The Battle of Kleidon is usually seen as of those game-changing moments of the Middle Ages, when the terrible Basil the Bulgar-Slayer destroyed the First Bulgarian Empire in a haze of blood. Byzantium and Bulgaria had been at war for the better part of four decades when the imperial forces of Basil II ambushed Tsar Samuel’s forces. 15,000 Bulgarians were captured and the rest were killed. The Bulgar-Slayer ordered the survivors blinded, sparing 1 out of every 100 to guide the rest home. According to tradition, Samuel had a heart attack when he saw his ruined army and died two days later.
It makes for a good story, but is is true? Samuel’s coffin was opened up by team of Bulgarian scientists in 1969. There was a severe wound to his left temple and jaw, and both of his forearms were broken (and had healed incorrectly). They concluded that he died of these wounds. But this doesn’t mean that we have to discount the traditional story.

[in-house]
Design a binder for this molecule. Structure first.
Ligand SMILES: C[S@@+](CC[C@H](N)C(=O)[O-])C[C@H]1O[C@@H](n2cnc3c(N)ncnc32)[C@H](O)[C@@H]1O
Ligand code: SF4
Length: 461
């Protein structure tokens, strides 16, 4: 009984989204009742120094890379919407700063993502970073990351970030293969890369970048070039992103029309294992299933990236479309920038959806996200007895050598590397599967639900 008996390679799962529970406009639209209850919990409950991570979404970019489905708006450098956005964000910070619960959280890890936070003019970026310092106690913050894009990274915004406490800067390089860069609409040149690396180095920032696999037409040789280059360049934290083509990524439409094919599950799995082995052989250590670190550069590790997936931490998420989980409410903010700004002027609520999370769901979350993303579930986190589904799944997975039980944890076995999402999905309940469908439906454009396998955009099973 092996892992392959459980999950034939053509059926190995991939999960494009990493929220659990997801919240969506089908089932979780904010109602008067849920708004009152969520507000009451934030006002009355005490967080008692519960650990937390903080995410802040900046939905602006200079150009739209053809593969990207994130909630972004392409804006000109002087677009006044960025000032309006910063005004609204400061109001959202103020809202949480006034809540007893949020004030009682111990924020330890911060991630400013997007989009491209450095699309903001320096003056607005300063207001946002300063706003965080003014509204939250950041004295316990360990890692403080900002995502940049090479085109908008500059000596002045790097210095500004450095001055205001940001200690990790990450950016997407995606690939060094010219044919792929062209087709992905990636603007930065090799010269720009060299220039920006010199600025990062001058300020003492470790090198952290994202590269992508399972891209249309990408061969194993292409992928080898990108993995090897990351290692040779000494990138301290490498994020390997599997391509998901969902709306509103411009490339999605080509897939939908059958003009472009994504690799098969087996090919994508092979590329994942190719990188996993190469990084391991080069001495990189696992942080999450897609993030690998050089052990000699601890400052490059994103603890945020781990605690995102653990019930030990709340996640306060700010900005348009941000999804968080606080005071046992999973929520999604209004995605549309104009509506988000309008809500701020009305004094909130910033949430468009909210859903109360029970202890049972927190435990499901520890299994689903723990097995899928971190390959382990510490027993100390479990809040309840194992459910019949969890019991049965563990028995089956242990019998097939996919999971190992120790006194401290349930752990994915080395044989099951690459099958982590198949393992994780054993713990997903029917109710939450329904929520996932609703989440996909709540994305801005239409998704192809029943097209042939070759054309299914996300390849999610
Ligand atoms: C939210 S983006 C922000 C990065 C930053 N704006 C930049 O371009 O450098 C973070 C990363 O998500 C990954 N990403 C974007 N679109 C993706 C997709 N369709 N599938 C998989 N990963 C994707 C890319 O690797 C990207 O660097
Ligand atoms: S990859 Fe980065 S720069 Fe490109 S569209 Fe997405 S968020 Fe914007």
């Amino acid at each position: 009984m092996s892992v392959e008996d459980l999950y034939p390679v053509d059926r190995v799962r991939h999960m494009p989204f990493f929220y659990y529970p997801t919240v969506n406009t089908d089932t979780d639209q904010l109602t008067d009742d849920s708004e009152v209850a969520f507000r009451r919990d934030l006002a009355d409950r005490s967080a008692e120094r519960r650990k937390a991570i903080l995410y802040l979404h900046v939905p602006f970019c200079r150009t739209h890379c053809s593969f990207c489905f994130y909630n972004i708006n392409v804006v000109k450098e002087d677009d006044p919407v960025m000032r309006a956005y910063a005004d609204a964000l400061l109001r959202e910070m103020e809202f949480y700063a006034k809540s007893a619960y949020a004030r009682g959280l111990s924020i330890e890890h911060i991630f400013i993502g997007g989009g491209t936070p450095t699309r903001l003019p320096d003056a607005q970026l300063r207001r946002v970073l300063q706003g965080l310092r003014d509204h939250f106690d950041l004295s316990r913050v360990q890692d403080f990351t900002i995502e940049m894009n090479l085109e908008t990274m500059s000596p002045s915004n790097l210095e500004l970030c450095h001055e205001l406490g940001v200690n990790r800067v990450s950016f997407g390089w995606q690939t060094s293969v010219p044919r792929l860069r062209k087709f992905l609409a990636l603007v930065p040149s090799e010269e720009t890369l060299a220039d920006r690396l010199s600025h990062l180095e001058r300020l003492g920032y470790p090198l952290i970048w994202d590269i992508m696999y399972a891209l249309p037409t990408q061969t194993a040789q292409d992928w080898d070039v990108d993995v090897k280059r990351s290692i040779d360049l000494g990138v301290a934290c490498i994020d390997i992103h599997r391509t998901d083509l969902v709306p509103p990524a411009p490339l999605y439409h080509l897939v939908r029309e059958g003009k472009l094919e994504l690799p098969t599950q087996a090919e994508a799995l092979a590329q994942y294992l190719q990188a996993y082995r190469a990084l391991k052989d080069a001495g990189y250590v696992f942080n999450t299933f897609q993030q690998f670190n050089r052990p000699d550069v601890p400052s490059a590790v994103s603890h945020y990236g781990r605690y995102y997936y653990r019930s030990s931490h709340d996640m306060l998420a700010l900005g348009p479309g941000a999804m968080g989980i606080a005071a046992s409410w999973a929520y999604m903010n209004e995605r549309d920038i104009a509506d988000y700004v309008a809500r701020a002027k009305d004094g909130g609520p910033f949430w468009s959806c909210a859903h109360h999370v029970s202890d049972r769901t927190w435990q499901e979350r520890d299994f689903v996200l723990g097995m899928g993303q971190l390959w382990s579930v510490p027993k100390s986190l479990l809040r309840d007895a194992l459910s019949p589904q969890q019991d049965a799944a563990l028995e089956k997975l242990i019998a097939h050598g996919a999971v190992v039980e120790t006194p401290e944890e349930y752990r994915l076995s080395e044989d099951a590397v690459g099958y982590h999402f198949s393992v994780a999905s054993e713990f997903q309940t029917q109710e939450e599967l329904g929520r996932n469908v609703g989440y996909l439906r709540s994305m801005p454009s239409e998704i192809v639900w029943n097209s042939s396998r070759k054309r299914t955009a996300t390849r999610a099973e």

Samuel was obviously not in good health. In addition to his wounds, he was in his early 70’s- elderly by the standards of the day. He probably couldn’t eat very well due to the injury to his lower jaw, and at least one of his arms was virtually unusable. The news of his army’s defeat was a serious enough shock, but seeing the maimed survivors was in some ways worse. His finances had already been stretched by the never-ending war, he now had the additional burden of caring for 15,000 disabled veterans while simultaneously funding the recruitment of a replacement army. It’s not hard to conclude that this last trauma was too much for him.
So while we can’t say the legend of Samuel dying from shock is true, we can at least say it’s plausible. Until we build a time machine, that’s about as certain as it will get.